Lucian Kain Lucian Kain - 5 months ago 9
jQuery Question

.fadeIn() only seems to work after the content has been appended

Below is the script for a page I'm coding up. It works fine, but I'm seeing some really weird behavior with


So, there's basically a display window in the center of the screen, and the left and right arrows on either side cycle through
elements containing a multiple choice question form.

That all works fine.

I want it to fade in nicely, and each item fades perfectly, but only after its been appended at least one time.

On the first cycle through, as you click, it's as if
isn't even there, it just happens instantly. If you cycle through again though, it works fine.

The strange thing is, this works perfectly fine with a drop down menu I have on a different part of the site. On that site I use the same logic: a variable holds either a number or a string, the menu item click changes the variable's value, and calls for the function to run through a bunch of
statements until one is found true.

Here is my code for the problem site

$(window).load(function() {

var questionPosition = 0;

function clearBox(){

function cycle(){
if (questionPosition == 0) {

if (questionPosition == 1) {

if (questionPosition == 2) {

if (questionPosition == 3) {

if (questionPosition == 4) {

$('#leftarrow').on('click', function(){

$('#rightarrow').on('click', function(){

Here is a sample of the code using the same logic of the working site, you'll see its pretty much the same idea.

function statusCheck(){
if (status == 0){
} else{}

if (status == 1){
} else{}

I'm fairly new to code, but the only thing that pops out at me is that my original code was
statements, then I figured out I really didn't need the
, so on this newer page I didn't include it.



Never make a bunch of numbered ID elements, ever. It is the worst possible way to do it. It is terrible.

The moment you feel yourself about to piece together the name of an element with the ID, STOP! Step away from the id attribute slowly and pick up a class attribute.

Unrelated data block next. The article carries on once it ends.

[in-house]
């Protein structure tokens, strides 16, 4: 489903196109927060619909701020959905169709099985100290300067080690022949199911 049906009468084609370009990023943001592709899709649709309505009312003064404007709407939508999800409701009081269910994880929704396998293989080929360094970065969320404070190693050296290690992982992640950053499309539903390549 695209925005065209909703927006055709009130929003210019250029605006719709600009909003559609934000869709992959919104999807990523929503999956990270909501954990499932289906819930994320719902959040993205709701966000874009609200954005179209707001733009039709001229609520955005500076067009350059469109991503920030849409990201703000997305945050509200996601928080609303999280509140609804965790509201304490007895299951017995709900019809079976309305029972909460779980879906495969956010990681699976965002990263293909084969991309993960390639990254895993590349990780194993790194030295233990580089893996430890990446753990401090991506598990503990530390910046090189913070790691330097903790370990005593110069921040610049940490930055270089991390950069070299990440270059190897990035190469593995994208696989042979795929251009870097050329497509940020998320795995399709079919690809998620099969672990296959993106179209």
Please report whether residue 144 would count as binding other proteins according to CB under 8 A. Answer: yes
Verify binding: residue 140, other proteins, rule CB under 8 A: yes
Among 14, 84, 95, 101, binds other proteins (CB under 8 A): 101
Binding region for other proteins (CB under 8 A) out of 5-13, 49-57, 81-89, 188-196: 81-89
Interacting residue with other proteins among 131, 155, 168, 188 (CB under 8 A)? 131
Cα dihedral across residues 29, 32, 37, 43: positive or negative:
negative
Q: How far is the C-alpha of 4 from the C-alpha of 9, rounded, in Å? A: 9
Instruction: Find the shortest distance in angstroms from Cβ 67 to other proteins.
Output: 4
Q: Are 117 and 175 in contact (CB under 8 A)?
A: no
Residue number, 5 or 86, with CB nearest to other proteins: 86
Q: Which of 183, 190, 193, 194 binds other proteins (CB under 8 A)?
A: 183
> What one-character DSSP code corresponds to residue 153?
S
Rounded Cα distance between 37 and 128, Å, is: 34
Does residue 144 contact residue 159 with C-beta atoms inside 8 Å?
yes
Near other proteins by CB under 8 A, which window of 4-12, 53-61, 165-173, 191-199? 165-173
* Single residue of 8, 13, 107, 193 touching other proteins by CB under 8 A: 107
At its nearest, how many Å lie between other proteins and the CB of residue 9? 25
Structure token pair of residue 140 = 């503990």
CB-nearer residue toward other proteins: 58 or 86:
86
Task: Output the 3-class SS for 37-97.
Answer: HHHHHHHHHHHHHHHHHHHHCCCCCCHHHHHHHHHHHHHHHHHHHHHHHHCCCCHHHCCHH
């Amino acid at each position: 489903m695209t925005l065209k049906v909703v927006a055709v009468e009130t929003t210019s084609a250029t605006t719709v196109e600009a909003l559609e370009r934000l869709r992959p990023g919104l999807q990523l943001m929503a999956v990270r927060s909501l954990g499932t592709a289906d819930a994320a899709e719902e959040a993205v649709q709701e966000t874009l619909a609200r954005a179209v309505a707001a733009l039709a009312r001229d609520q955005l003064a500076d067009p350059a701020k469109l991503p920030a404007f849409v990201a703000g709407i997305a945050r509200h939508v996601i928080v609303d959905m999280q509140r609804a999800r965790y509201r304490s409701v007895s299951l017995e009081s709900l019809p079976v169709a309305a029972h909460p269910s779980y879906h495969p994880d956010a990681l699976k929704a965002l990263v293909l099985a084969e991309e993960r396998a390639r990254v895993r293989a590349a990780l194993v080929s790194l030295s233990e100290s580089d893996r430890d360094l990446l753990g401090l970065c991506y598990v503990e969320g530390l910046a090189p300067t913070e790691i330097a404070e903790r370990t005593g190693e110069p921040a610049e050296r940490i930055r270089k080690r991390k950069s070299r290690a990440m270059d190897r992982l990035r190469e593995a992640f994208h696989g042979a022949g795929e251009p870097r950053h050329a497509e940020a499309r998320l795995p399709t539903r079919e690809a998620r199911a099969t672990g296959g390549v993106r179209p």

Always use a class name on anything that will occur multiple times, and select that selector and use .length to adapt to the count, and use .eq(N) to select the Nth item.

A bunch of duplicated if statements is the worst way to implement something like this. You should refer to the questions numerically, and use $('.questions').eq(N) to select question N.

The issue is that you fade it before you append it somewhere.

var questions = $('.questions'),
    displayBox = $('#display_box');

function cycle() {
    displayBox.animate({scrollTop:0}, 500);

You had a nice consistent structure to work with, but heavy repetition is not good. It is very error prone to have a lot of different lines that do almost the same thing. That is what variables are for. They hold values for placeholders.

And if you've been told that ID is "faster", you have been mislead. You don't make speed by hard-coding everything to fixed bug-prone names. You make speed by modifying the document in an efficient manner, avoiding forcing the browser to reflow, such as appending a lot of items to something that is visible. The time spent in the $('.questions') selector lookup at startup is an instant.

In fact, my code is far faster. Your code repeatedly does lookups into the page, mine does it once, in an instant, then never needs to look for any again.

If you use questions.length for the wrap around, then the code will also auto-magically handle any number of question elements found in the page.